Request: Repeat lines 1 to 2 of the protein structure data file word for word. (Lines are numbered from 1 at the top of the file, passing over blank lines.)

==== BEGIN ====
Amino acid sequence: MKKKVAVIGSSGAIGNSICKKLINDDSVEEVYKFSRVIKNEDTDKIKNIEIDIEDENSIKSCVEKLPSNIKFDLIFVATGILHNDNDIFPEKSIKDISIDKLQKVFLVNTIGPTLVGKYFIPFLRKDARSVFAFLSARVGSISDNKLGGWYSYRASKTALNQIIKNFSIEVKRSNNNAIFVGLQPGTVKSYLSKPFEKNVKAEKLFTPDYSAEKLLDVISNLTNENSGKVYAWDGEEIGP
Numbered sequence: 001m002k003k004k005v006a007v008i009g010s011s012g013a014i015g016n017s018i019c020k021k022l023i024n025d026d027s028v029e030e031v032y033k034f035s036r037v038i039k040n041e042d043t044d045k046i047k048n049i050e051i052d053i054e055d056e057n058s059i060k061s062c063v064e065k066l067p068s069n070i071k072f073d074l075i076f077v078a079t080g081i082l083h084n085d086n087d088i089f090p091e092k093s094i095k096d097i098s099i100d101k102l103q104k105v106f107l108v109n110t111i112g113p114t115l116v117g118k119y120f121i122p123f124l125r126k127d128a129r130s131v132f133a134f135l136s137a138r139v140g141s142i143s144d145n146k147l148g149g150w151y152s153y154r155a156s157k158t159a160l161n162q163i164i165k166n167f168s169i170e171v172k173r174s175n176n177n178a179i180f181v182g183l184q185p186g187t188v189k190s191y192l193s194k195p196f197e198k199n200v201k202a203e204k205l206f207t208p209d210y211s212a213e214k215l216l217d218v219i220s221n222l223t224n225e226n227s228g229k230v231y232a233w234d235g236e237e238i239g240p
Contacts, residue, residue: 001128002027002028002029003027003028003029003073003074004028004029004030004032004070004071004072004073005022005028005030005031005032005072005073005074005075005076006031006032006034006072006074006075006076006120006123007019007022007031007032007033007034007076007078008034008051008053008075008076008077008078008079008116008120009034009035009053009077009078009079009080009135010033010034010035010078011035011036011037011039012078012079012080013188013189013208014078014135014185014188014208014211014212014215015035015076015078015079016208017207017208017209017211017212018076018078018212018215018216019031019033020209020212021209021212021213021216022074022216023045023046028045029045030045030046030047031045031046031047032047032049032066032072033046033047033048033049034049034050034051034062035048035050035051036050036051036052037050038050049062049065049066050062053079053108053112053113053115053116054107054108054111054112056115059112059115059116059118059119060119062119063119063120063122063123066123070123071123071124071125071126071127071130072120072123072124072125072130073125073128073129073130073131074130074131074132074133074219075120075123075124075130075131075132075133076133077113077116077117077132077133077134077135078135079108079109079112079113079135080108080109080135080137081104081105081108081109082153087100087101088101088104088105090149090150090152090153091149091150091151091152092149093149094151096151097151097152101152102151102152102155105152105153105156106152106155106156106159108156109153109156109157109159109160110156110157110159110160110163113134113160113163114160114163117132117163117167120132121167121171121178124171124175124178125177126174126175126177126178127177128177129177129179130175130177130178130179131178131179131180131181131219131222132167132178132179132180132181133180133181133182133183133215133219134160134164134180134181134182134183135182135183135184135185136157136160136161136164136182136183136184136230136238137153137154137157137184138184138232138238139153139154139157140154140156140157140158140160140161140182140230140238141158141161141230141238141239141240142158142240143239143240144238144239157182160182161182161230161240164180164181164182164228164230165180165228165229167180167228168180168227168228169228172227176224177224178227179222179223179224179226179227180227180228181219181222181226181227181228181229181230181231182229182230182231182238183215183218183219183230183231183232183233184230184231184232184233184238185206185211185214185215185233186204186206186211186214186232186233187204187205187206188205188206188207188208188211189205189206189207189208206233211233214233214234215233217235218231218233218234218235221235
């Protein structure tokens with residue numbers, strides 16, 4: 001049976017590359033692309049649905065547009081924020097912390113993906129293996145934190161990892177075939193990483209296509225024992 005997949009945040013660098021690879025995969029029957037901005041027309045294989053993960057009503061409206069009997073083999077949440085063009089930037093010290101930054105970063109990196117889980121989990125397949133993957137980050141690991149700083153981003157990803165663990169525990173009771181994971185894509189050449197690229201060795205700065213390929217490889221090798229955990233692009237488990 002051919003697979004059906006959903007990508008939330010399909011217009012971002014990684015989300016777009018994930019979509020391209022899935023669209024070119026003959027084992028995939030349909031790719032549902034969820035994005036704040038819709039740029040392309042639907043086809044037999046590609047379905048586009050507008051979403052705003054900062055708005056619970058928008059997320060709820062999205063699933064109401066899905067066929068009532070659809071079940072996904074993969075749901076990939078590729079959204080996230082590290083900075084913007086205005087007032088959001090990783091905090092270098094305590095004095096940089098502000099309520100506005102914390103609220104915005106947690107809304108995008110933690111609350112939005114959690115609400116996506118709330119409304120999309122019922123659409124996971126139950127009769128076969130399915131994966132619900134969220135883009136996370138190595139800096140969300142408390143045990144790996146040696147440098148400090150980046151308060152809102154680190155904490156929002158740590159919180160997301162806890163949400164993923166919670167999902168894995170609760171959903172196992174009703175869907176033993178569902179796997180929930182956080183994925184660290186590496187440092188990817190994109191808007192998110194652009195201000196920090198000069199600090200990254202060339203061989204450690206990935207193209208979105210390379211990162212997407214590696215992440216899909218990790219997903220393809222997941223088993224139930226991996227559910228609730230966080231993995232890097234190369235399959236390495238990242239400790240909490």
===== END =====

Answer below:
Amino acid sequence: MKKKVAVIGSSGAIGNSICKKLINDDSVEEVYKFSRVIKNEDTDKIKNIEIDIEDENSIKSCVEKLPSNIKFDLIFVATGILHNDNDIFPEKSIKDISIDKLQKVFLVNTIGPTLVGKYFIPFLRKDARSVFAFLSARVGSISDNKLGGWYSYRASKTALNQIIKNFSIEVKRSNNNAIFVGLQPGTVKSYLSKPFEKNVKAEKLFTPDYSAEKLLDVISNLTNENSGKVYAWDGEEIGP
Numbered sequence: 001m002k003k004k005v006a007v008i009g010s011s012g013a014i015g016n017s018i019c020k021k022l023i024n025d026d027s028v029e030e031v032y033k034f035s036r037v038i039k040n041e042d043t044d045k046i047k048n049i050e051i052d053i054e055d056e057n058s059i060k061s062c063v064e065k066l067p068s069n070i071k072f073d074l075i076f077v078a079t080g081i082l083h084n085d086n087d088i089f090p091e092k093s094i095k096d097i098s099i100d101k102l103q104k105v106f107l108v109n110t111i112g113p114t115l116v117g118k119y120f121i122p123f124l125r126k127d128a129r130s131v132f133a134f135l136s137a138r139v140g141s142i143s144d145n146k147l148g149g150w151y152s153y154r155a156s157k158t159a160l161n162q163i164i165k166n167f168s169i170e171v172k173r174s175n176n177n178a179i180f181v182g183l184q185p186g187t188v189k190s191y192l193s194k195p196f197e198k199n200v201k202a203e204k205l206f207t208p209d210y211s212a213e214k215l216l217d218v219i220s221n222l223t224n225e226n227s228g229k230v231y232a233w234d235g236e237e238i239g240p